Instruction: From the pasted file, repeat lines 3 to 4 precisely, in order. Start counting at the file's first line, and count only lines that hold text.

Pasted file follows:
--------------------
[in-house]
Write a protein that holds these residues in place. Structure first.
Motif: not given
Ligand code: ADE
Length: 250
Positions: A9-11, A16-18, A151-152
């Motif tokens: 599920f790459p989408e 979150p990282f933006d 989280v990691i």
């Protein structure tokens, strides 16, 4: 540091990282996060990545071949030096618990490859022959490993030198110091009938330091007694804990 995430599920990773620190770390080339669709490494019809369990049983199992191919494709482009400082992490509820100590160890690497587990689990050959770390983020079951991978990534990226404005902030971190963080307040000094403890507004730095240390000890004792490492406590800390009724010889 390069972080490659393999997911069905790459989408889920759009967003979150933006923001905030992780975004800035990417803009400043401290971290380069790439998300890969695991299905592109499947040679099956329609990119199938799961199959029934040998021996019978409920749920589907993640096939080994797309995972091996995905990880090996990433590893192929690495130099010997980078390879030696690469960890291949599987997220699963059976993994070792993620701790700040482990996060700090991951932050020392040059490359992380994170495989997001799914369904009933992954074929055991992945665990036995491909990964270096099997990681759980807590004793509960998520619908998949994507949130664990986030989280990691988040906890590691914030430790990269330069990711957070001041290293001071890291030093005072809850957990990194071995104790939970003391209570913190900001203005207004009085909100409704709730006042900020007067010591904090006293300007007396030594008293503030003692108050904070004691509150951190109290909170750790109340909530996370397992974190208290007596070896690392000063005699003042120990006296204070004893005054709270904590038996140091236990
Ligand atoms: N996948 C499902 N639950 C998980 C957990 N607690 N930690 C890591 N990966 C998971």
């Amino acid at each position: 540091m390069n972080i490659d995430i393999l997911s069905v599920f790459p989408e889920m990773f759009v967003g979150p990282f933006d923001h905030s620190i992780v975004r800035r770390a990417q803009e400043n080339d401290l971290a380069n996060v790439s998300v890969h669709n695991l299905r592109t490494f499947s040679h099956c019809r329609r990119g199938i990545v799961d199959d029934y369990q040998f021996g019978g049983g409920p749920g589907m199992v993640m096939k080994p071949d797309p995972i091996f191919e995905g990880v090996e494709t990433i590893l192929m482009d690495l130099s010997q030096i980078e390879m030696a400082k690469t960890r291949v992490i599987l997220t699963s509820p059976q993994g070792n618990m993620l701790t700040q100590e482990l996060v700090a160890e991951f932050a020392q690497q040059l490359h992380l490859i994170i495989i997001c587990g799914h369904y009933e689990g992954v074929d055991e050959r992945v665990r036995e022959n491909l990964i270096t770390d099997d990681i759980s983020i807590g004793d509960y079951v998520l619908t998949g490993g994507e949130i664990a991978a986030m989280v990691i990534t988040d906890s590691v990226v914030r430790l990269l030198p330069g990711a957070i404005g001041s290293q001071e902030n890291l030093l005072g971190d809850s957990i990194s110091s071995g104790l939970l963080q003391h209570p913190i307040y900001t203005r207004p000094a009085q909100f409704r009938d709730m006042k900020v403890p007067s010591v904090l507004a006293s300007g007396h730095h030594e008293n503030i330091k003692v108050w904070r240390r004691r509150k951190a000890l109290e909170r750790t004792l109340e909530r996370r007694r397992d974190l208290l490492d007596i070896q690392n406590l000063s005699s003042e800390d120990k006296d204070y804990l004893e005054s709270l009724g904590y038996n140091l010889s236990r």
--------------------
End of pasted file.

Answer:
Motif: not given
Ligand code: ADE